NEW YORK ( TheStreet) -- "The sky better fall real soon," Jim Cramer told his his "Mad Money" TV show viewers on Wednesday, poking at the bears after stocks rose for a third straight session. He added that, at this pace, the market is "liable to break out to new highs."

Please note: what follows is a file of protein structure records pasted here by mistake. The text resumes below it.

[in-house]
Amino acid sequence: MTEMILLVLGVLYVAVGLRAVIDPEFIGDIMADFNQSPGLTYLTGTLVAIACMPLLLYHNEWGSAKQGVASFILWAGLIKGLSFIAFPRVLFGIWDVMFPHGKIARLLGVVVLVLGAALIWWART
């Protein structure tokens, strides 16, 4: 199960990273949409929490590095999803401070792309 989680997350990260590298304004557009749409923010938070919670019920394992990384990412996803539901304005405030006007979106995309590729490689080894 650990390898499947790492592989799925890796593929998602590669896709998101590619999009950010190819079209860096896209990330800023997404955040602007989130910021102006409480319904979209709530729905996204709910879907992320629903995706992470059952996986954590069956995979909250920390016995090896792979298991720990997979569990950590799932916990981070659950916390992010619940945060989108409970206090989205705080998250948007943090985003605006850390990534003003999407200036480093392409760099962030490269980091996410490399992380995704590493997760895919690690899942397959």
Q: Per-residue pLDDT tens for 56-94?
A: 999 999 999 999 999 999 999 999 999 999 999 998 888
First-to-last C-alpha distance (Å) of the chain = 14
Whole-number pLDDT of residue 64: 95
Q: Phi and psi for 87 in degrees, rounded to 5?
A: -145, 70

Cramer proceeded to "call out concepts" that he believes have bedeviled stocks in the past two months, and get in the way of investors making solid stock picks. The first notion he questioned was the idea that Greece was ever going to be allowed to default, saying the European Union and International Monetary Fund had the situation in hand all along. He called the protests over the past few days "non-confrontational" and "anemic."Cramer next said the idea that housing will never come back is being undercut by the most recent data, and poked holes in the media's reference of the risk trade, saying this isn't language that hedge fund managers actually use, adding he should know, "I'm from that world." He called the idea of a so-called risk trade influencing the markets a "total canard" and said it's of no value at all. His take was that cyclicals are simply being traded out for staples. Next he assailed the idea that only improved employment numbers can bring the consumer back, noting that gas prices are a factor and that most people still have jobs. He also said QE2 is not the main concern of a stock trader, and that stock traders should be more concerned with earnings. And finally, he took issue with the notion that stocks trade in lockstep with other markets. He advised investors to look at what helps stocks, datapoints like machine orders and retail sales, and mentioned a number of companies, including Honeywell (HON) and IBM which he said will execute. Cramer advised investors to make sure they understand the difference between worries that affect stocks and those that impact countries. A question from a viewer about Bank of America (BAC) was next, and Cramer said the stock looks okay, not great, after reaching an $8.5 billion settlement on mortgage-backed securities that went bad earlier on Wednesday. He noted the stock is one he owns for his charitable trust,